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Discussion Starter · #1 ·
These are samples of lumber from an old farmhouse (likely built in 1930's or 40's). I thought the two cuts were the same species but I planed away a layer and they look different. Might anyone know what species they are and could I use the two by eights for a farm table top?

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The one on the right is doug fir or larch. Do they weigh the same? Where did you get them - what part of the country. Left one could be doug fir also. Not what I would consider furniture material.
 

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The one on the right is Douglasfir to me = the abrupt finish to each growth ring and the shapes of the cracks, plus the color.
The pale one on the left, I'll agree likely spruce, not pine. You see the cross shatter on the left side in pic #1? Pine usually has long, run-out splits. Try enough of that junk for wood carving and you get to see it all.
Both are relatively soft. If you don't care about dents and whangs and bangs that age a table top, go for it.

I had a western red cedar dining room set. 5'8" diameter table and 60" tall chairs, all sort of old abbey/monestary clunky style. Well, two active kids did a lot on that table besides eat. Never had the chance to work it over with a belt sander after they grew up and left. It was banged up pretty good.
 

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Discussion Starter · #8 ·
Robson Valley said:
The one on the right is Douglasfir to me = the abrupt finish to each growth ring and the shapes of the cracks, plus the color.
The pale one on the left, I'll agree likely spruce, not pine. You see the cross shatter on the left side in pic #1? Pine usually has long, run-out splits. Try enough of that junk for wood carving and you get to see it all.
Both are relatively soft. If you don't care about dents and whangs and bangs that age a table top, go for it.

I had a western red cedar dining room set. 5'8" diameter table and 60" tall chairs, all sort of old abbey/monestary clunky style. Well, two active kids did a lot on that table besides eat. Never had the chance to work it over with a belt sander after they grew up and left. It was banged up pretty good.
Thanks for you thoughtful reply. No I don't mind the dents so will try a project with this. The table will be used in the manner you described. The idea of using reclaimed material to do it is very appealing.
 

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Old wood is great. Does it have a story to tell? Useful to learn more about that farmhouse.
Meal time and other times, gathering around a table is important. That was a big, round table in a big room. Stored it behind the couch for 2 years then finally gave the whole dang set to a charity.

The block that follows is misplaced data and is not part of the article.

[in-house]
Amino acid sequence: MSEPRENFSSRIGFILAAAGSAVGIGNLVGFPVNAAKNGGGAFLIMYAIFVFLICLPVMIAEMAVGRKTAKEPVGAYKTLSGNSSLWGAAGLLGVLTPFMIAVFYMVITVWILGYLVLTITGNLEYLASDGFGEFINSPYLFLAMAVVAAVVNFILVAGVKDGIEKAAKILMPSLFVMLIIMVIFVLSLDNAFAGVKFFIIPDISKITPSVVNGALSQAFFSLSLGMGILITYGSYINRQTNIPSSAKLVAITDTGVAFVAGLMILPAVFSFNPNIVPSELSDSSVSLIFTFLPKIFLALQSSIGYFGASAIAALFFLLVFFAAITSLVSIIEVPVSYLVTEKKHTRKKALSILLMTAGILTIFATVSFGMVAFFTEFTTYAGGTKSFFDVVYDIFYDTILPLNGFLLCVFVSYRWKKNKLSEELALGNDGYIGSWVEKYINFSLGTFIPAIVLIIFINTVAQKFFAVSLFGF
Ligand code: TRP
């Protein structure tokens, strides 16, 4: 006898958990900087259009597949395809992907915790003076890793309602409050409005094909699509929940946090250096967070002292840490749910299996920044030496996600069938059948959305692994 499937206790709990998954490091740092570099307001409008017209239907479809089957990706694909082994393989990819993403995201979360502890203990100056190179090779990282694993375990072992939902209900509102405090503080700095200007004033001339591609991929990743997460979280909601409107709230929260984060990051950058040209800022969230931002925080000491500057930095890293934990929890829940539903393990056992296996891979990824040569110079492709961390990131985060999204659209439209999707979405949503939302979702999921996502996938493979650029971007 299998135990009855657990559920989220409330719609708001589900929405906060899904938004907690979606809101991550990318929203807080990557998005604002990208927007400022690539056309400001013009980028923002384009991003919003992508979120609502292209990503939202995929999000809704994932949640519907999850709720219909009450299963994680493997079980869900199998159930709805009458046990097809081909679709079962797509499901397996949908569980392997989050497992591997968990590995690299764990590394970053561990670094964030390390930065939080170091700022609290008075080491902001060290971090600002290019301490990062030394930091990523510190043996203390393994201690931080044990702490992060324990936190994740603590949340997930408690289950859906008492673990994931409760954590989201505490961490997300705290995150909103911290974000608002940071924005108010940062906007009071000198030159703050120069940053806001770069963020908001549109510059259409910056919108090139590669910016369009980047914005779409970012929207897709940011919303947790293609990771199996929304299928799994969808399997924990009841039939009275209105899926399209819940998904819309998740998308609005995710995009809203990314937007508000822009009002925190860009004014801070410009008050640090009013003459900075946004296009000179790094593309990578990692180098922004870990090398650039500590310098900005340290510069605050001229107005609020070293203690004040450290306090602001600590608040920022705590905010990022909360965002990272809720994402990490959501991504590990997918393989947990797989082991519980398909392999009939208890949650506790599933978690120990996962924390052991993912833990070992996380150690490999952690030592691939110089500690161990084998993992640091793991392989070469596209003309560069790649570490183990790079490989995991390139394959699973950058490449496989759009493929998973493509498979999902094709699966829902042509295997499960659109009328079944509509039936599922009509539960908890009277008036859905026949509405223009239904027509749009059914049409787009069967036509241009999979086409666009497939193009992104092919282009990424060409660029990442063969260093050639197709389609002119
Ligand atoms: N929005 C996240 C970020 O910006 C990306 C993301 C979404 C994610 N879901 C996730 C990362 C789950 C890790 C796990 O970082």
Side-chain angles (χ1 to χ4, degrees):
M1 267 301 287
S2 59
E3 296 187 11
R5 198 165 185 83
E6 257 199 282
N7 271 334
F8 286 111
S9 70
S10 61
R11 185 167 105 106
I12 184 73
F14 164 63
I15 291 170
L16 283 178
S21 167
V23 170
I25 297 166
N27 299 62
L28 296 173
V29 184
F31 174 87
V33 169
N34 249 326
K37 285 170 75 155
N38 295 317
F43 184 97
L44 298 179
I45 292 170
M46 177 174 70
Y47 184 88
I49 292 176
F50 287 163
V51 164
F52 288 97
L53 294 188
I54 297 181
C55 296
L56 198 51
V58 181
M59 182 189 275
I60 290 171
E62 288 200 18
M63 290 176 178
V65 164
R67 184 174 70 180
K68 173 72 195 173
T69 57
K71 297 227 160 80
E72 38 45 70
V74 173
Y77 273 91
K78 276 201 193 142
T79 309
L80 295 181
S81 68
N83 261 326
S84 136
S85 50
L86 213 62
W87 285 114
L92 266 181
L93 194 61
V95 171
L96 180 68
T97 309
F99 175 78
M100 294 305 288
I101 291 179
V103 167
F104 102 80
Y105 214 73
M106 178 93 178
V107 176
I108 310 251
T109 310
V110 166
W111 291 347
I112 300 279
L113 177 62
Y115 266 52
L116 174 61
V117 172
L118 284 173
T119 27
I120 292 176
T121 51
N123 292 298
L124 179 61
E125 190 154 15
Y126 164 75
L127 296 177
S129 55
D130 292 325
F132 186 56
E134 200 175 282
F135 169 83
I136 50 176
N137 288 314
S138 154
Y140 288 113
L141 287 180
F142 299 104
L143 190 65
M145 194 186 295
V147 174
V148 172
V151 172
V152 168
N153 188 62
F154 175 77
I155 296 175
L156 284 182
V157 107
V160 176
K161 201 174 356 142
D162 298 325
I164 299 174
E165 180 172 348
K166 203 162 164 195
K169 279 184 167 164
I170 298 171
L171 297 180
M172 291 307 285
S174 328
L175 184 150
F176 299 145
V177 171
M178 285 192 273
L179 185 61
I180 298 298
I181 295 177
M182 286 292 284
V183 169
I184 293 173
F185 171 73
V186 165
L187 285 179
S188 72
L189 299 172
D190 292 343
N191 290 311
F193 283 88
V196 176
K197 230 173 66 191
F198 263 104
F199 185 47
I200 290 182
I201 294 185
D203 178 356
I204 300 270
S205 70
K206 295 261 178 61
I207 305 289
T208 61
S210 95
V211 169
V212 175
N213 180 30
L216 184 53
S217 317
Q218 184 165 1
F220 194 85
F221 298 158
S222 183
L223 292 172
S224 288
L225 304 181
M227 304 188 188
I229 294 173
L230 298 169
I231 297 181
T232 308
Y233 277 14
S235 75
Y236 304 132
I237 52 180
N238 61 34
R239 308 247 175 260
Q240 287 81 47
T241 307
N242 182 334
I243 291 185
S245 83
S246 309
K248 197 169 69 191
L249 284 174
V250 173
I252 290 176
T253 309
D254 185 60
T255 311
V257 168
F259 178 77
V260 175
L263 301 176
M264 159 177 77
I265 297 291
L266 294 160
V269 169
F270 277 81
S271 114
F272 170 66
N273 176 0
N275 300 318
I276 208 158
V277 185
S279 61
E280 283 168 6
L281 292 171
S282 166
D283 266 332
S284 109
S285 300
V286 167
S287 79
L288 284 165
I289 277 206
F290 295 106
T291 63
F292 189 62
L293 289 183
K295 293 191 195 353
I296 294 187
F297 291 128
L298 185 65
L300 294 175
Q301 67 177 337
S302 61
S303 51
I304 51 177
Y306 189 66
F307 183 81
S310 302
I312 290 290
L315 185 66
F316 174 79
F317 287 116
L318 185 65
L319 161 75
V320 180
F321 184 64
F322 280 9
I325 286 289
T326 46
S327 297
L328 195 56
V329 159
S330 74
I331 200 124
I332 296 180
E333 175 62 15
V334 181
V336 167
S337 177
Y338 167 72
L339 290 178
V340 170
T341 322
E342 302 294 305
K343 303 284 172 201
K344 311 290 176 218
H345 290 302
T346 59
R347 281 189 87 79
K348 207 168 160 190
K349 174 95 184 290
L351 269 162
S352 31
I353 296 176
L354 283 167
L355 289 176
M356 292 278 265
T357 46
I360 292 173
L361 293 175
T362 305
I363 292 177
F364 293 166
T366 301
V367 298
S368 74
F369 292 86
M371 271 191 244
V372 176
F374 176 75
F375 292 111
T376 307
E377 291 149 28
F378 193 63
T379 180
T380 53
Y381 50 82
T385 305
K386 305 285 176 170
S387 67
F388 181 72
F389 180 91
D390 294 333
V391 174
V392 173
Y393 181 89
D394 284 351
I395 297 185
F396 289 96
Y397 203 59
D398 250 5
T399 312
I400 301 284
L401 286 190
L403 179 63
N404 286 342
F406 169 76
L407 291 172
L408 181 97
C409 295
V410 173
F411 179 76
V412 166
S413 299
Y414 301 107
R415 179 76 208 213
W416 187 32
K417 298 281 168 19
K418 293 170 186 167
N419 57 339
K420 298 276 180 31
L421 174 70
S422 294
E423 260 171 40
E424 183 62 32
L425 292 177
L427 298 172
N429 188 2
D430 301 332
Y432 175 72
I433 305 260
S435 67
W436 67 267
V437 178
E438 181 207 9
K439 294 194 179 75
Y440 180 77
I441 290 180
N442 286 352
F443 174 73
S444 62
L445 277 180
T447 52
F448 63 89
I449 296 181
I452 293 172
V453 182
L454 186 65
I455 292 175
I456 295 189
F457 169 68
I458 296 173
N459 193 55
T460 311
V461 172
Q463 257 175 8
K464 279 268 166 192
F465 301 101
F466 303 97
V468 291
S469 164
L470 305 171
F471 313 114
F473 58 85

My mother actually crocheted a white tablecloth which had to be nearly 8' in diameter for that table. I've kept that.
 

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Discussion Starter · #10 ·
Robson Valley said:
Old wood is great. Does it have a story to tell? Useful to learn more about that farmhouse.
Meal time and other times, gathering around a table is important. That was a big, round table in a big room. Stored it behind the couch for 2 years then finally gave the whole dang set to a charity.
My mother actually crocheted a white tablecloth which had to be nearly 8' in diameter for that table. I've kept that.
Great stuff. The old building was on an adjacent lot that my brother-in-law bought a few years ago. A fire swept through it shortly after that so he decided to tear down what was left and salvage the lumber. The family that had owned it came out to watch the process. They are all senior citizens so there were a lot of memories and tears that day. There is a scary old stone well on the property straight out of some fairy tale, must go down twenty five feet to water. That will have to be filled in before the grand kids start paying attention to it. Anyway if we can build some some new artifacts out of the old material that will be interesting and fun. Gives a sense of continuity in this old world.
 

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Very few woods would be considered inadequate for a top be it for dining, writing or occasional use. Follow good practices in taking care to join your material flat and in the best possible orientation, and you will most certainly turn out a stable panel. As for it being soft? So what, things are made to be scratched. Just design and construct it well so it stands up to use.
 

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The thing I like about softer reclaim is it shows all the marks and tells a story of where it comes from and if plan on planning it down thens its a good wood to distress and give that old look back to it and if sealed looks good with light and dark stains
 
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